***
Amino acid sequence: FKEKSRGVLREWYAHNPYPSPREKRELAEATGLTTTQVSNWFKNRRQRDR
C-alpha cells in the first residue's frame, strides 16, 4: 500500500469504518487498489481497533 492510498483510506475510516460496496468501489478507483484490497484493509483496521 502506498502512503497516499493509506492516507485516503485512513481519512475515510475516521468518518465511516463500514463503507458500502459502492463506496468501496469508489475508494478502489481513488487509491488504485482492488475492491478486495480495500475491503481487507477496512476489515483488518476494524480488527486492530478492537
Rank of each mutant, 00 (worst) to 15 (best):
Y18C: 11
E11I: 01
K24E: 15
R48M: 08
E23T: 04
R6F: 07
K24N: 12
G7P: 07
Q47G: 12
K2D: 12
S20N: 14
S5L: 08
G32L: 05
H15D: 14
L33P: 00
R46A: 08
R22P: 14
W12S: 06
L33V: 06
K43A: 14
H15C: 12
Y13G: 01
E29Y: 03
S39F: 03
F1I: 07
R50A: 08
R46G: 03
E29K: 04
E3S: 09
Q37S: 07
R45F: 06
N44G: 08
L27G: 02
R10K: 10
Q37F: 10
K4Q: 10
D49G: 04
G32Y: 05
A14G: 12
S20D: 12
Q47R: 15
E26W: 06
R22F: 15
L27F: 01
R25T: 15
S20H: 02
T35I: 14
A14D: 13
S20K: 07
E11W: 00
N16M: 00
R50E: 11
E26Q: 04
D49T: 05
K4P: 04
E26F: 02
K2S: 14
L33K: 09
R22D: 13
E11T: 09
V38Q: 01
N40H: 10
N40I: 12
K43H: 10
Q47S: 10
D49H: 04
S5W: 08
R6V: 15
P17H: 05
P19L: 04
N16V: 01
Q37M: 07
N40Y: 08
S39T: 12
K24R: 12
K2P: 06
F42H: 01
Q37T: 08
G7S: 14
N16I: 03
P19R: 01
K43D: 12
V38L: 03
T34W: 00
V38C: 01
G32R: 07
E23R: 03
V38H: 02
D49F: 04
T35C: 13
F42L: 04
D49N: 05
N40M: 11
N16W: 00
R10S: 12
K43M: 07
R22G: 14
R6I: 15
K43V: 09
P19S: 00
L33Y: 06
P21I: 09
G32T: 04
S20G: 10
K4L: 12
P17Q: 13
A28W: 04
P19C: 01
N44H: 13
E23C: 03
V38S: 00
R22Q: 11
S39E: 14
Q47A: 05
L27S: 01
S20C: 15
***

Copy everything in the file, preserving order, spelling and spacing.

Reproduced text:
Amino acid sequence: FKEKSRGVLREWYAHNPYPSPREKRELAEATGLTTTQVSNWFKNRRQRDR
C-alpha cells in the first residue's frame, strides 16, 4: 500500500469504518487498489481497533 492510498483510506475510516460496496468501489478507483484490497484493509483496521 502506498502512503497516499493509506492516507485516503485512513481519512475515510475516521468518518465511516463500514463503507458500502459502492463506496468501496469508489475508494478502489481513488487509491488504485482492488475492491478486495480495500475491503481487507477496512476489515483488518476494524480488527486492530478492537
Rank of each mutant, 00 (worst) to 15 (best):
Y18C: 11
E11I: 01
K24E: 15
R48M: 08
E23T: 04
R6F: 07
K24N: 12
G7P: 07
Q47G: 12
K2D: 12
S20N: 14
S5L: 08
G32L: 05
H15D: 14
L33P: 00
R46A: 08
R22P: 14
W12S: 06
L33V: 06
K43A: 14
H15C: 12
Y13G: 01
E29Y: 03
S39F: 03
F1I: 07
R50A: 08
R46G: 03
E29K: 04
E3S: 09
Q37S: 07
R45F: 06
N44G: 08
L27G: 02
R10K: 10
Q37F: 10
K4Q: 10
D49G: 04
G32Y: 05
A14G: 12
S20D: 12
Q47R: 15
E26W: 06
R22F: 15
L27F: 01
R25T: 15
S20H: 02
T35I: 14
A14D: 13
S20K: 07
E11W: 00
N16M: 00
R50E: 11
E26Q: 04
D49T: 05
K4P: 04
E26F: 02
K2S: 14
L33K: 09
R22D: 13
E11T: 09
V38Q: 01
N40H: 10
N40I: 12
K43H: 10
Q47S: 10
D49H: 04
S5W: 08
R6V: 15
P17H: 05
P19L: 04
N16V: 01
Q37M: 07
N40Y: 08
S39T: 12
K24R: 12
K2P: 06
F42H: 01
Q37T: 08
G7S: 14
N16I: 03
P19R: 01
K43D: 12
V38L: 03
T34W: 00
V38C: 01
G32R: 07
E23R: 03
V38H: 02
D49F: 04
T35C: 13
F42L: 04
D49N: 05
N40M: 11
N16W: 00
R10S: 12
K43M: 07
R22G: 14
R6I: 15
K43V: 09
P19S: 00
L33Y: 06
P21I: 09
G32T: 04
S20G: 10
K4L: 12
P17Q: 13
A28W: 04
P19C: 01
N44H: 13
E23C: 03
V38S: 00
R22Q: 11
S39E: 14
Q47A: 05
L27S: 01
S20C: 15